# How to find the total number of exchanges? [duplicate]

Given n objects held by n people, how to find the total number of valid exchanges, where a valid exchange means that all persons hold different objects after the exchange?

eg for 4 objects 1 2 3 4: valid exchanges are:

2 1 4 3

2 3 4 1

2 4 1 3

3 1 4 2

3 4 1 2

3 4 2 1

4 1 2 3

4 3 1 2

4 3 2 1

Therefor the total number of valid exchanges are 9.

## marked as duplicate by JMoravitz combinatorics StackExchange.ready(function() { if (StackExchange.options.isMobile) return; $('.dupe-hammer-message-hover:not(.hover-bound)').each(function() { var$hover = $(this).addClass('hover-bound'),$msg = $hover.siblings('.dupe-hammer-message');$hover.hover( function() { $hover.showInfoMessage('', { messageElement:$msg.clone().show(), transient: false, position: { my: 'bottom left', at: 'top center', offsetTop: -7 }, dismissable: false, relativeToBody: true }); }, function() { StackExchange.helpers.removeMessages(); } ); }); }); Jun 28 at 12:19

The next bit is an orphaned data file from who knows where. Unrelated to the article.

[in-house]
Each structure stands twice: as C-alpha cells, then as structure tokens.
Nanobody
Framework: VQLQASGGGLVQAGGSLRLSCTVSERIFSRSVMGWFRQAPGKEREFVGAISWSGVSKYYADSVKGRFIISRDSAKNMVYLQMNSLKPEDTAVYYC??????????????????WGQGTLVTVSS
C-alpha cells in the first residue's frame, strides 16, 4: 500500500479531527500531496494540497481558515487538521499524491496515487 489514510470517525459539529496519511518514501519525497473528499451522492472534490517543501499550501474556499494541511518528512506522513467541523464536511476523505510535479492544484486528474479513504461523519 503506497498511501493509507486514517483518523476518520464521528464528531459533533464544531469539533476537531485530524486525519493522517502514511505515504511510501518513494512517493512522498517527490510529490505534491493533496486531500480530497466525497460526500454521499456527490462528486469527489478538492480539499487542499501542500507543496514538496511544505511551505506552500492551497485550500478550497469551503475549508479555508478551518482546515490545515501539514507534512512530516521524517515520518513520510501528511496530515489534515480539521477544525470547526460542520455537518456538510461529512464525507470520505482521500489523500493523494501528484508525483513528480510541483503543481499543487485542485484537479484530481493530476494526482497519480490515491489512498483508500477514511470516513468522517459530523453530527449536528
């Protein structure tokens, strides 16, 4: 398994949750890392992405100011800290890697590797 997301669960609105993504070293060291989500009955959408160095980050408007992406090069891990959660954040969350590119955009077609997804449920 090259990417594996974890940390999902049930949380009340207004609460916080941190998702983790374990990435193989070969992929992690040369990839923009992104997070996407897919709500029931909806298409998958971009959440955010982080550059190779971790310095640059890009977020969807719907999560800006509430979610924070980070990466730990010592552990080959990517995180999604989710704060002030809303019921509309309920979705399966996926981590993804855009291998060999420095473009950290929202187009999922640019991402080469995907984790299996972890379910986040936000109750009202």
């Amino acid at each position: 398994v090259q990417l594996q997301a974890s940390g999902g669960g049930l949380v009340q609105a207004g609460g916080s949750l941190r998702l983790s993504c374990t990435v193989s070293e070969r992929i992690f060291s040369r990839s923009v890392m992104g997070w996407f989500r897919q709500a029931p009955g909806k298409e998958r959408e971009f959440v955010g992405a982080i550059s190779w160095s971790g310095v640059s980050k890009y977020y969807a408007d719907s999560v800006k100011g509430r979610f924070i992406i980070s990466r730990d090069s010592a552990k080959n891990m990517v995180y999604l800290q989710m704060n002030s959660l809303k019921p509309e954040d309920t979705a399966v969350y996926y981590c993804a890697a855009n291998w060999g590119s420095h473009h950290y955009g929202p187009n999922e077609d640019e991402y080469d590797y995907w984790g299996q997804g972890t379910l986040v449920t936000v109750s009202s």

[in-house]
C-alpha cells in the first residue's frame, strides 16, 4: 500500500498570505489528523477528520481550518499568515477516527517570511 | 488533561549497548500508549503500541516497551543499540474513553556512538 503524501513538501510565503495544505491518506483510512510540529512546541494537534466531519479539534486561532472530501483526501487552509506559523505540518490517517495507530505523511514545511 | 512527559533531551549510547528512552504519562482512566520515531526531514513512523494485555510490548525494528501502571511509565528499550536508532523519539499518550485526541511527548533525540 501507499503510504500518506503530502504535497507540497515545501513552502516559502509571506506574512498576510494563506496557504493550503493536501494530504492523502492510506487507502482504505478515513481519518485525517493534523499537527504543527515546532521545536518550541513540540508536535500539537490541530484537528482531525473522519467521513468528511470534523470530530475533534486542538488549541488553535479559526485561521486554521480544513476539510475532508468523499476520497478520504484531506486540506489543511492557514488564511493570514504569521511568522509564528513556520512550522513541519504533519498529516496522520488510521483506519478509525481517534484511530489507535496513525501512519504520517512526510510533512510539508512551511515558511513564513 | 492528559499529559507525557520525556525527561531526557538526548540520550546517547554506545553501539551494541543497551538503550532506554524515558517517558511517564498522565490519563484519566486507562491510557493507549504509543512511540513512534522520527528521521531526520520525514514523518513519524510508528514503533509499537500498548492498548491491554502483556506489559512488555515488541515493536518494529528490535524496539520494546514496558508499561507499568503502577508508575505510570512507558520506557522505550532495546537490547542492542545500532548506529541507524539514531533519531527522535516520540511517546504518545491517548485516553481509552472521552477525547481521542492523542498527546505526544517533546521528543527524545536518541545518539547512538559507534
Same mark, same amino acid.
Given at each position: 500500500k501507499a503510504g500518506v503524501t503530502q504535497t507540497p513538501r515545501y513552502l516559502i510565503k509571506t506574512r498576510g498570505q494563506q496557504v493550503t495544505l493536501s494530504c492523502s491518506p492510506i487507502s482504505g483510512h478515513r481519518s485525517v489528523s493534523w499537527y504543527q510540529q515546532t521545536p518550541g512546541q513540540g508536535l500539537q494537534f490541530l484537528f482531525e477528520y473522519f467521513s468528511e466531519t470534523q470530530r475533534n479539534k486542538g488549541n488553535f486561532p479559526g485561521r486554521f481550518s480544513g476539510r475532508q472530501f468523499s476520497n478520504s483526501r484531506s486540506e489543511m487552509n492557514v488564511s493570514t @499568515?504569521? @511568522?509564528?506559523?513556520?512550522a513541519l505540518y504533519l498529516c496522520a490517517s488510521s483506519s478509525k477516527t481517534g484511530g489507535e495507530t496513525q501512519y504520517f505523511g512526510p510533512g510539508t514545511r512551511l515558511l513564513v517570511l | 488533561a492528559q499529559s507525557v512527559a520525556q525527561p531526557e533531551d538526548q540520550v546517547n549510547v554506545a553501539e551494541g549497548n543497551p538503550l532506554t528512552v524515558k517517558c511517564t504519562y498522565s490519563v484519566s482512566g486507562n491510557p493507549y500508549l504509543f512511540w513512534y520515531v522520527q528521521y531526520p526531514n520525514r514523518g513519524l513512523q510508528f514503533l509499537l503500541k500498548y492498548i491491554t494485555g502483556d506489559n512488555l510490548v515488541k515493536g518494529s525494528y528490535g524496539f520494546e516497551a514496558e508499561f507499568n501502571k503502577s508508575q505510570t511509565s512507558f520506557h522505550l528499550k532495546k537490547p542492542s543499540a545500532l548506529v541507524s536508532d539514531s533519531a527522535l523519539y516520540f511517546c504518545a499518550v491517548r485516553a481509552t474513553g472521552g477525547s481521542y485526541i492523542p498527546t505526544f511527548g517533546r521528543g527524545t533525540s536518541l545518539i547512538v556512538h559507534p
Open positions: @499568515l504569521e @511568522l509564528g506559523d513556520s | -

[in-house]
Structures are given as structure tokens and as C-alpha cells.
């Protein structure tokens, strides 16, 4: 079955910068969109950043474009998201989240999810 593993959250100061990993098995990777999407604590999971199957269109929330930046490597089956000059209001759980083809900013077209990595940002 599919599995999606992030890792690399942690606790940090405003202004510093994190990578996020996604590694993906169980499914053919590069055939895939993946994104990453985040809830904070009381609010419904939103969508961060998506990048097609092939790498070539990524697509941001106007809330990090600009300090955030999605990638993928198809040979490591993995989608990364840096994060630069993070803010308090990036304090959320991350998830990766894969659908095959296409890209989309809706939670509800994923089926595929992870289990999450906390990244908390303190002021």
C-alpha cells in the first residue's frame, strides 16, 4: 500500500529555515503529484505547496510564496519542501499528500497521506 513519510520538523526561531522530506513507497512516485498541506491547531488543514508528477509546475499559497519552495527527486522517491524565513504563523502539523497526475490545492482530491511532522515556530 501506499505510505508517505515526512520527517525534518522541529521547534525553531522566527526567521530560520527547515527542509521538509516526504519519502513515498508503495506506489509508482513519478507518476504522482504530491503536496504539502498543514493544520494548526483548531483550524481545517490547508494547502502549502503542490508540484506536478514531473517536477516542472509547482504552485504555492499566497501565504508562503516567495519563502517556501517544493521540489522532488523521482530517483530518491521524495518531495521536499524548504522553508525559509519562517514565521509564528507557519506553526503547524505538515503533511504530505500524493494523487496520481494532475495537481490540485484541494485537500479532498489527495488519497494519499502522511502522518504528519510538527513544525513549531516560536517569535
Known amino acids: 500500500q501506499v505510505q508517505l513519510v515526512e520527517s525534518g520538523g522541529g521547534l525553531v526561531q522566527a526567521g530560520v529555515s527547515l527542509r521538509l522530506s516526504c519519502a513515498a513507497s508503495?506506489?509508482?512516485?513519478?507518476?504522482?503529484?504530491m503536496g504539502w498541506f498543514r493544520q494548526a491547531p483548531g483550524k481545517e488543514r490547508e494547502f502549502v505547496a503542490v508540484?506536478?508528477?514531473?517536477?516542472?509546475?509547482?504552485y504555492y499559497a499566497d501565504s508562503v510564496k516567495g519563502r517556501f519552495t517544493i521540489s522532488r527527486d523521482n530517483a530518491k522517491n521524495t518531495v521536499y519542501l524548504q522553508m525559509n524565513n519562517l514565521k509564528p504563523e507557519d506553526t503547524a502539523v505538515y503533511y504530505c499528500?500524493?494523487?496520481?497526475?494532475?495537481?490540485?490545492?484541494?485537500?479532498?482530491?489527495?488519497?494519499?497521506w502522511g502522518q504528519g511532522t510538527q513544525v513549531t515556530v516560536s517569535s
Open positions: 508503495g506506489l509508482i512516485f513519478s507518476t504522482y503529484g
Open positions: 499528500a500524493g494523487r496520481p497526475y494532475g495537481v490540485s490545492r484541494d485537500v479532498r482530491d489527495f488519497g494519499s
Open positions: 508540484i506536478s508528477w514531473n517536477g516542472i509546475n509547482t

• There are $!n$ such "exchanges" which are more commonly known as derangements. – JMoravitz Jun 28 at 12:18
• No, $!n$ is not the same as $n!$. Read the link I posted in my comment above for the wikipedia article or read the answers in the linked post that I closed this as a duplicate of. Reading the word aloud, $!n$ is read as "n subfactorial" which is different than $n!$ which is "n factorial." The notation $!n$ is used to notate the solution to exactly the problem you are asking to count. Methods of actually calculating the values are given again in both links I provided. – JMoravitz Jun 28 at 12:21